Hogg, George And Co ., Brewers, Bottlers and Maltsters, City Brewery, Collingwood Street, Nelson. The various buildings of the brewery, malthouse, and bottling stores cover more than an acre of ground. The malthouse has a capacity of 300 sacks a month, and large sales are effected throughout the North Island and the West Coast. There is cellar accommodation for 200 hogsheads. The plant comprises 150 hogsheads, and there is a capacious drying oven. The excellent quality of the firm's ales and stouts has enabled them to gain honours wherever they have been exhibited.

Holland, J. H. , Brewer and Winemaker, Waimea Road, Nelson; Vinery and Brewery, Bishopdale, Nelson. This successful business was established many years ago by Mr. J. Chapman, and taken over by the present proprietor in 1898. The grounds, which are alongside the main road, cover over two acres, all in orchard. There are four large glass houses, devoted to vine and cucumber growing. Mr. Holland's vines bear in such profusion that the fruit almost hides the main stems, and he has varieties for winemaking and table use. The orchard has a variety of apple, peach, plum, and cherry trees, and in the season these are literally weighed down with fruit. This applies specially to the apple trees. The glass houses in the nursery contain ventilators page 90 easily manipulated, besides a good supply of water for use in the interior. The encumber house is heated by means of hot water pipes, and considerable care is used in forcing the young plants is in order to get early cucumbers for table use. In the area set apart for vegetables, Mr. Holland grows from 1200 to 1500 cabbages. Asparagus is also raised, and tomatoes, both under glass and in the open, are grown on an extensive scale. Mr. Holland is growing a new dwarf variety of broad beans. The brewery is under the personal supervision of Mr. Holland, who brews only from Nelson hops and barley, and makes an excellent light ale, suitable for the table or invalids. For this ale Mr. Holland has a good demand, not only at Nelson, but from Wellington. The wine cellar contains a variety of winesgrape, parsnip, gooseberry, peach, plum, and tomato, and the bottling house is well stocked with wines, ales and stout. Mr. Holland was born at Wakenfield, Nelson, in 1850, and is a son of Mr. George Holland, one of Nelson's oldest residents. He was educated at Wakefield, and followed sawmilling for nearly twenty years. He and a partner were engaged in the brewing industry for five or six years at Owen's Reefs, Central Buller. Mr. Holland is assisted in his present business by his eldest son.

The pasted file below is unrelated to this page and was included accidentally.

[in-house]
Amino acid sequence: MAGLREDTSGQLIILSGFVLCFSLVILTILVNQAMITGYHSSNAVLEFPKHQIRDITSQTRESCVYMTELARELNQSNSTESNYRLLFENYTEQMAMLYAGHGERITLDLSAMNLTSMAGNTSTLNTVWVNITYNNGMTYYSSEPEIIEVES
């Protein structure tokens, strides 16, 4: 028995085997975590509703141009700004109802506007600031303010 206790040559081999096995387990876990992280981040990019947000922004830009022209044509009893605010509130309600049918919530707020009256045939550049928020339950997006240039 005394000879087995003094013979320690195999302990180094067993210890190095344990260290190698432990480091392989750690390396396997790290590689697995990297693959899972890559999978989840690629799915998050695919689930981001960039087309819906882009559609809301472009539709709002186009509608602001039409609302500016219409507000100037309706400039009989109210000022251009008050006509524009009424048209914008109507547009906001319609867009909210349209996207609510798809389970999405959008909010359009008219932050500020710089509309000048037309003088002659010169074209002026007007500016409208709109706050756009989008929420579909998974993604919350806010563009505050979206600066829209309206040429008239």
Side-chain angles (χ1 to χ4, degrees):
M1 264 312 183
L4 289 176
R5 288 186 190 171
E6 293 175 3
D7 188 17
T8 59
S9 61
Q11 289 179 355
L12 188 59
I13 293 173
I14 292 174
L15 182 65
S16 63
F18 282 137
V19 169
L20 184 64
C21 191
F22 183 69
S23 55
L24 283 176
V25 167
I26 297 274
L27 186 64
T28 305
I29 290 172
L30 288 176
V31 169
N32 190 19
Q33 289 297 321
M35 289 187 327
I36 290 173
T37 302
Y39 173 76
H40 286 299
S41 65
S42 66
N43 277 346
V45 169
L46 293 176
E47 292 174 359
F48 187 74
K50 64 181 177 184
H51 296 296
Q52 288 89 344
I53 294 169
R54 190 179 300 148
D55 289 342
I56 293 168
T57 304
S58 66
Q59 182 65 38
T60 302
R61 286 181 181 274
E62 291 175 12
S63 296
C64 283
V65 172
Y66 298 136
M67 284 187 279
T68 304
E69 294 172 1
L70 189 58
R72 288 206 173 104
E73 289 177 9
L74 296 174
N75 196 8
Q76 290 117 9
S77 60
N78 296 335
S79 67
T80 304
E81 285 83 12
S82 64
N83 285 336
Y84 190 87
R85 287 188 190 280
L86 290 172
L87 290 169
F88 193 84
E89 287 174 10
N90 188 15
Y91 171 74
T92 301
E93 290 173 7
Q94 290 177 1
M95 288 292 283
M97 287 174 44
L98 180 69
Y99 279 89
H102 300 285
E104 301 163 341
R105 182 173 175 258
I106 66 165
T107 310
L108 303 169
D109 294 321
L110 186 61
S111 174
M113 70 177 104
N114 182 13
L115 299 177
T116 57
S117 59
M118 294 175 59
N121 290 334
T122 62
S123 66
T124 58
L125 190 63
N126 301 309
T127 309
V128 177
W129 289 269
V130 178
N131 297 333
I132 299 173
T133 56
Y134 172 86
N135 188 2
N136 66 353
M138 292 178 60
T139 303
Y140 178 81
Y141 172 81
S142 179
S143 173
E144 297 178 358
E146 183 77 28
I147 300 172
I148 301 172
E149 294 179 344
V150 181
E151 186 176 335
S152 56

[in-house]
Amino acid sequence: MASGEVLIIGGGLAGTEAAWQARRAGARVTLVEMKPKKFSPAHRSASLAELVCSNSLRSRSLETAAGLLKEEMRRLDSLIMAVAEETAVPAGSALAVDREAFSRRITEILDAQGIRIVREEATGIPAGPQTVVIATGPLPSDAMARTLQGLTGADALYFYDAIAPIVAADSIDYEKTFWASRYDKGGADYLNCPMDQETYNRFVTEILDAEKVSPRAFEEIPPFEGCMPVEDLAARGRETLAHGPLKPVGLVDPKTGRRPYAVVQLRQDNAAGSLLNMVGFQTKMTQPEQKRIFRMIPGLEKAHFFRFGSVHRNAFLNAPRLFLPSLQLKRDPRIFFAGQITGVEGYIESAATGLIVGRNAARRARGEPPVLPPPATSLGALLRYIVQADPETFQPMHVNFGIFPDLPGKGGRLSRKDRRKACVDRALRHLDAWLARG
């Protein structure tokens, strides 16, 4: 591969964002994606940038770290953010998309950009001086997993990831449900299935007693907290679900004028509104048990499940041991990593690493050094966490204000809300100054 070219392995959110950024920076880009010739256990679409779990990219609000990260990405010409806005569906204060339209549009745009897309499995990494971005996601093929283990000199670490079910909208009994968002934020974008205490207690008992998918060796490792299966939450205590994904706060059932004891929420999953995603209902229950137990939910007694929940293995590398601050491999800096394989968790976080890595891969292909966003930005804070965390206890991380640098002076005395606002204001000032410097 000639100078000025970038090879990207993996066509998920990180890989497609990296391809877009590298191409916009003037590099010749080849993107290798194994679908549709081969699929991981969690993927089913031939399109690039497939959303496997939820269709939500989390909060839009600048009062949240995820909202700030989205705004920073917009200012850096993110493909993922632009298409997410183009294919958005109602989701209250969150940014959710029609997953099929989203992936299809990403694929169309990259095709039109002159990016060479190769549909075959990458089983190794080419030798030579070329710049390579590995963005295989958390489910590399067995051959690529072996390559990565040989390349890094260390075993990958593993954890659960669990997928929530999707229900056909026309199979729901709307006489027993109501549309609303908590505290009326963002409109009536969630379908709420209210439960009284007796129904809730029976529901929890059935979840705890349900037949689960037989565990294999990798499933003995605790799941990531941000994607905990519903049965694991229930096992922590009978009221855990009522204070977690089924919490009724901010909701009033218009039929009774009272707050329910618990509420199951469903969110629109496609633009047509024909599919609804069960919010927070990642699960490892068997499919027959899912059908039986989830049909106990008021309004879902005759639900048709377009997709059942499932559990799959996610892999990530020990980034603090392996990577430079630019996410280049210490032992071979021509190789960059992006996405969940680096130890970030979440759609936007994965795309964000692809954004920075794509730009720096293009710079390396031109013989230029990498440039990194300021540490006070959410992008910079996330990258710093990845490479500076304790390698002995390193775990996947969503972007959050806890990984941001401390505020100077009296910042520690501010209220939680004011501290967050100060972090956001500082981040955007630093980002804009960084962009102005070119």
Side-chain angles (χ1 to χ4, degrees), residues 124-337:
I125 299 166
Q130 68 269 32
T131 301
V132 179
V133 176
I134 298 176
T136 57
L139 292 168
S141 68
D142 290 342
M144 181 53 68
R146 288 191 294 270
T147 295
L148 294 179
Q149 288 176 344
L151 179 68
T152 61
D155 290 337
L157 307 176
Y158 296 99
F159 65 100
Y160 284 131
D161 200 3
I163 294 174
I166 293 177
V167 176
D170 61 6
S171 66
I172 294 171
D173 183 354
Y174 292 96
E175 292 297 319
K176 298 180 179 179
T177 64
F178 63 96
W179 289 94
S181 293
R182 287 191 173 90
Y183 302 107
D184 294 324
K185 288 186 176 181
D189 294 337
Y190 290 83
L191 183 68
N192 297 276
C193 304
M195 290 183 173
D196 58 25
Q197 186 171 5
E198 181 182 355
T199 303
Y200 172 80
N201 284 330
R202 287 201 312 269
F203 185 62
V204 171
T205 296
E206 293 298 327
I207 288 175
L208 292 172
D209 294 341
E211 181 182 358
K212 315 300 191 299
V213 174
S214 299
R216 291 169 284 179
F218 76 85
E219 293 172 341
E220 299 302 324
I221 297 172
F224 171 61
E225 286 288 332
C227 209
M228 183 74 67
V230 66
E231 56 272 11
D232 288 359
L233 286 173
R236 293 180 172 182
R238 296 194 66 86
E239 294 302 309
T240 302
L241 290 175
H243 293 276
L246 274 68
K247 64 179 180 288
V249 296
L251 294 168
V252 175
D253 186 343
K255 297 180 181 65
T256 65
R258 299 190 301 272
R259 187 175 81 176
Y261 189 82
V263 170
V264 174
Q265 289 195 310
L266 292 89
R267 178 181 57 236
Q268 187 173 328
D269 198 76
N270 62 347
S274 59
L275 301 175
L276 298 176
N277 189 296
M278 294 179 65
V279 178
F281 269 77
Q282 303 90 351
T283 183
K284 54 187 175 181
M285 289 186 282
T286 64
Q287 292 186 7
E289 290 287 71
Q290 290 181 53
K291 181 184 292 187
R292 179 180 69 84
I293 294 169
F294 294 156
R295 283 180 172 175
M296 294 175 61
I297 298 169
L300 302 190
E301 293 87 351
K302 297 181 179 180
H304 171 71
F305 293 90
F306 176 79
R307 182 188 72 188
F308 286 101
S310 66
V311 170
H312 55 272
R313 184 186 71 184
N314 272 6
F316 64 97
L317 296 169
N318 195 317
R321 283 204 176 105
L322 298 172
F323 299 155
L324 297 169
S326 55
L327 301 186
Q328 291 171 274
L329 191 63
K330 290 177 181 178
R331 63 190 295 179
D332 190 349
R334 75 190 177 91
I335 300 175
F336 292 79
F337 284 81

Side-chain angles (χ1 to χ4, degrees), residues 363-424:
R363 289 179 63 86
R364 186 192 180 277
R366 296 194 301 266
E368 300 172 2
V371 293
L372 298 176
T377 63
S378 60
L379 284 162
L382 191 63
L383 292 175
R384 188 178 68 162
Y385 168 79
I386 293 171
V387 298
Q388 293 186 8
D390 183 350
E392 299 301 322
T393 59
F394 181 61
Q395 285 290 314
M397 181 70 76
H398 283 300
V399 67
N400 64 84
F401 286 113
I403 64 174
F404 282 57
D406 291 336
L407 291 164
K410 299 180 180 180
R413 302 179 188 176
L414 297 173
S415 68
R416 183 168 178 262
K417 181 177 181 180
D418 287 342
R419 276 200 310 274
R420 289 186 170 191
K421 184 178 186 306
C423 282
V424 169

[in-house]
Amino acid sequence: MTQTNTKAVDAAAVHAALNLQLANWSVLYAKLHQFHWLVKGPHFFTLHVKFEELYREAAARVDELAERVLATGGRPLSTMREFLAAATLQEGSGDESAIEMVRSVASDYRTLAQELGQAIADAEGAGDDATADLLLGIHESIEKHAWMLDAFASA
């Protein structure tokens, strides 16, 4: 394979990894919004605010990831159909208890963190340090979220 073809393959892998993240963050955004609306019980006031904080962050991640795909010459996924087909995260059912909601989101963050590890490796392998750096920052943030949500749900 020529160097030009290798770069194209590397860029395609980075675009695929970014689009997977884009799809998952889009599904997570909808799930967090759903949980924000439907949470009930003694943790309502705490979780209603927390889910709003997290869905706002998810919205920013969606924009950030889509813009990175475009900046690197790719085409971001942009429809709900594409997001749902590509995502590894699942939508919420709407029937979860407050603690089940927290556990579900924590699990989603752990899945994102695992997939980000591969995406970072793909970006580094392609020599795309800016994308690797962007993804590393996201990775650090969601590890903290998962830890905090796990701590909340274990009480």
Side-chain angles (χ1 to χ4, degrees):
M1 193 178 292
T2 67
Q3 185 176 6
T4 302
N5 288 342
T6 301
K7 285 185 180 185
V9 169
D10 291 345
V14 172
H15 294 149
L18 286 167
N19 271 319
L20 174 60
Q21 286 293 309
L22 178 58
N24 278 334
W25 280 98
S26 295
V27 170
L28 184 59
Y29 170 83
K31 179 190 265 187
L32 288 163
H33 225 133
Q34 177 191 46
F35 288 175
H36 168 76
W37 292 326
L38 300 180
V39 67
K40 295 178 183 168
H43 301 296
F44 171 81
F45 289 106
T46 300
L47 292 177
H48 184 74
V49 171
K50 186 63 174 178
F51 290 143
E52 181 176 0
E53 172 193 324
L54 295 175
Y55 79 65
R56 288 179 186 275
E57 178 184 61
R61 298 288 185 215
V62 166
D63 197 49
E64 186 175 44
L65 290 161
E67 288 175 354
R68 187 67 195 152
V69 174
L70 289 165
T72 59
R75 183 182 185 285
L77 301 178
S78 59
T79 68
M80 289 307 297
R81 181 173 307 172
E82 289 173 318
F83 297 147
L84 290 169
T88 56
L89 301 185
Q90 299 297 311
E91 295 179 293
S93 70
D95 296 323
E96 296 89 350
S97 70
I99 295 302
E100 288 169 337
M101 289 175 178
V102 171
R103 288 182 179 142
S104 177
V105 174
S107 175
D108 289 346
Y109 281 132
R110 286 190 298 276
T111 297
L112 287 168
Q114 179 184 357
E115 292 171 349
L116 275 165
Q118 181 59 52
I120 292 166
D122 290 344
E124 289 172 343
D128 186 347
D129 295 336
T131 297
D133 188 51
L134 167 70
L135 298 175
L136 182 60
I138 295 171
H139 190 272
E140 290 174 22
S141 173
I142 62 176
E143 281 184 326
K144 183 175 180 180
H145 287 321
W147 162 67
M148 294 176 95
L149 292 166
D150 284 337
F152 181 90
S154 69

Baglan Brewery (Joseph Auty Harley, proprietor), Nelson. P.O. Box 41. Bankers, National Bank of New Zealand. This business was started in 1853 by the late Mr. Charles Harley, and was afterwards conducted by Mr. W. C. Harley (now retired). The firm has won a good name for its products, not only in the province of Nelson, where there is a large demand, but also abroad. It gained awards at the Indian and Colonial Exhibition of 1886; Wellington in 1885; Sydney in 1879; and at the Intercolonial Exhibition of Victoria in 1866–7.

Mr. J. A. Harley ., the Proprietor, is an extensive employer of labour, and grows all the hops required in the business. He is elsewhere referred to as a former Mayor of Nelson.

Builders, Contractors, etc.
Moore, Charles Walter, Builder, Hampden Street West, Nelson. Mr. Moore was born in Birmingham, England, in 1828, and came to Nelson in 1859. He was apprenticed in England to the building trade, and afterwards went to Connecticut, United States of America, where he followed his trade for seven years, during which he was engaged chiefly in stair-building. After arriving in New Zealand he worked as a journeyman for some time, but subsequently started on his own account. A large number of buildings in and around Nelson testify to Mr. Moore's skilful workmanship; for example, the Roman Catholic Orphanage in Manuka Street, the Theatre Royal, Haven Road school, Adams and Kingdon's substantial offices, the residence of the late Mr. C. Bigg-Wither, churches at Richmond and Wakapuaka, and parsonages in Nelson and Richmond, etc. He likewise designed the Nelson Savings Bank. Mr. Moore was married, in 1860, to Mary Anne, daughter of the late Mr. John Davenport, of Warstone,